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MERS Mystery

Thailand Fights to Prevent MERS Outbreak

Image: Thailand identifies second MERS case

A Thai man wears a protective mask as he walks next to a sign giving information on Middle East Respiratory Syndrome (MERS), at the Bamrasbaradura Infectious Diseases Institute, Nonthaburi province, on the outskirts of Bangkok, Thailand, 24 January 2016. NARONG SANGNAK / EPA

Officials in Thailand are tracking down people and putting them into quarantine after a traveler there was diagnosed with Middle East Respiratory Syndrome virus or MERS.

It's a serious concern. While MERS has not yet sparked a feared pandemic, it can cause severe outbreaks.

A single person spread MERS to 186 others in South Korea last year — and 36 of them died. Officials ended up putting 17,000 people into quarantine to prevent further spread.

"The new case of MERS is a reminder of the continued risk of importation of the disease from countries where it still persists," said Dr. Poonam Khetrapal Singh, director of the World Health Organization's South-East Asia Region.

"All countries need to further enhance surveillance for severe acute respiratory infections, focus on early diagnosis, and step up infection prevention and control procedures in health-care facilities to rapidly detect any case of importation and effectively prevent its spread."

The traveler, a 71-year-old citizen of Oman, arrived in Bangkok last week.

His son, as well as various taxi drivers, hotel staff and passengers on the same plane are among those quarantined for two weeks, Amnuay Gajeena, director-general of Thailand's Disease Control Department, told reporters.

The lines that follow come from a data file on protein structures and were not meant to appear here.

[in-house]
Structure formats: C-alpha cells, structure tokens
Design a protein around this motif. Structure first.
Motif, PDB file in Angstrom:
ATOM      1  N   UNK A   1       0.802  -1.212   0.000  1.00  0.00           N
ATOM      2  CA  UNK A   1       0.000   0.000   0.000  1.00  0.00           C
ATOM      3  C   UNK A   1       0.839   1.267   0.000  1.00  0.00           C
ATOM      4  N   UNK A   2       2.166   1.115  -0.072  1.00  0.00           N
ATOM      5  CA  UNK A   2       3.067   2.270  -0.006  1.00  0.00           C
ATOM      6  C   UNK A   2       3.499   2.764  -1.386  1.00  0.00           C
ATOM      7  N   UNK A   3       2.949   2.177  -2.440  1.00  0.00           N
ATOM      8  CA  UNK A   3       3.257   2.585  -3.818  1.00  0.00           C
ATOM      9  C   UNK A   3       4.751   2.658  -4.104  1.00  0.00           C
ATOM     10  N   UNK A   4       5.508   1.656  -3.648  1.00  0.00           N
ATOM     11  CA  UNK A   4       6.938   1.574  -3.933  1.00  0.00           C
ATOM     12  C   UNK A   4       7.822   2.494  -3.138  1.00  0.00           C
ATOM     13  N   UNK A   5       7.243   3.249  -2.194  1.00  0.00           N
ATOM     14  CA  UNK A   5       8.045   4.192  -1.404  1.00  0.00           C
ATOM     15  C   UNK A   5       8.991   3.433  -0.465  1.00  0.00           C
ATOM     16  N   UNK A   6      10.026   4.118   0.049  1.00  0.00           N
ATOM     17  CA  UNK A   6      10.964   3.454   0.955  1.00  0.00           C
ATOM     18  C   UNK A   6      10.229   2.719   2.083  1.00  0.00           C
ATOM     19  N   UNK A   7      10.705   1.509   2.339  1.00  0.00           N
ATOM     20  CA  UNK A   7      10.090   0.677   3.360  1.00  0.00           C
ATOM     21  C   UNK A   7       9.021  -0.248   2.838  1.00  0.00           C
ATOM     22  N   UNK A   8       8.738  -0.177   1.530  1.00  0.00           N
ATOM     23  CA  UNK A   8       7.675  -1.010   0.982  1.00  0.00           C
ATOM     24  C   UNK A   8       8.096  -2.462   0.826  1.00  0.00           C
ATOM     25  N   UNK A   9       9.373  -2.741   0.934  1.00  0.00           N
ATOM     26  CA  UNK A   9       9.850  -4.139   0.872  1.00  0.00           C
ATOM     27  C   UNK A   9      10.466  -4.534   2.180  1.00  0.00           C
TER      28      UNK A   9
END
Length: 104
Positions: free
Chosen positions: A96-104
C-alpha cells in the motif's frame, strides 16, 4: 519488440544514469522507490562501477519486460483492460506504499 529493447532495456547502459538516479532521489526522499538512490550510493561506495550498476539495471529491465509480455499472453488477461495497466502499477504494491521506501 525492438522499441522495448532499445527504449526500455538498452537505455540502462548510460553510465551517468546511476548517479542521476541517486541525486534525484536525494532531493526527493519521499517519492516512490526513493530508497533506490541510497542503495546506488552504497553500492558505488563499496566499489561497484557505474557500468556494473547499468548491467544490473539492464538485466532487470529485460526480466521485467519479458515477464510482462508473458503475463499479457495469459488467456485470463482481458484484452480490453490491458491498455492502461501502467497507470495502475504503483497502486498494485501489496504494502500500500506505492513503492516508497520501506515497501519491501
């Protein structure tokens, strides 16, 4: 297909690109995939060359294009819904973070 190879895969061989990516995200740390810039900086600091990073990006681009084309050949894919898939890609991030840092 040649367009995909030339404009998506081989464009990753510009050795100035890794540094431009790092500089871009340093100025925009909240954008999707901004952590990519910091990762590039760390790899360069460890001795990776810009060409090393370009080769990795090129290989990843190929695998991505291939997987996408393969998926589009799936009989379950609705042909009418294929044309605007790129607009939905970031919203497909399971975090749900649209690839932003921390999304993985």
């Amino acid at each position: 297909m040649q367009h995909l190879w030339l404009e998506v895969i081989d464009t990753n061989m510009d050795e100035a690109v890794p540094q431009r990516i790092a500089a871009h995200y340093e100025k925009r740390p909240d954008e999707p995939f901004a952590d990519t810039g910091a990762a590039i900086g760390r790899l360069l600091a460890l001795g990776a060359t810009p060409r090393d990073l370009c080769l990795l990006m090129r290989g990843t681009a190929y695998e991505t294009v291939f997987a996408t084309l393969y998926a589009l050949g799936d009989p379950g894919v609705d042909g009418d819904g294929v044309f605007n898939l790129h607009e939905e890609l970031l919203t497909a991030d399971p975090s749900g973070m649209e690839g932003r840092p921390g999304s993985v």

WHO says 1,626 MERS cases have been diagnosed in 26 countries. Almost all are in the Middle East or involve people who traveled from the region.

The virus has killed 586 people since 2012.

MERS is in the same family of viruses as the severe acute respiratory syndrome (SARS) virus that spread around the world from China in 2003, infecting nearly 8,000 people and killing nearly 800 of them.

MERS doesn't usually spread that easily, but it's known that people in hospitals and clinics who have other conditions, such as diabetes, kidney disease or lung disease, are especially vulnerable. MERS has spread in Saudi Arabia this way several times.

Camels can carry and spread the virus but scientists still are not entirely sure how everyone catches it.

It spreads like any respiratory disease -- when people cough or sneeze, and on droplets of saliva or mucus. Medical interventions that generate a lot of these droplets, such as putting a person on a ventilator, can spread these viruses in a hospital.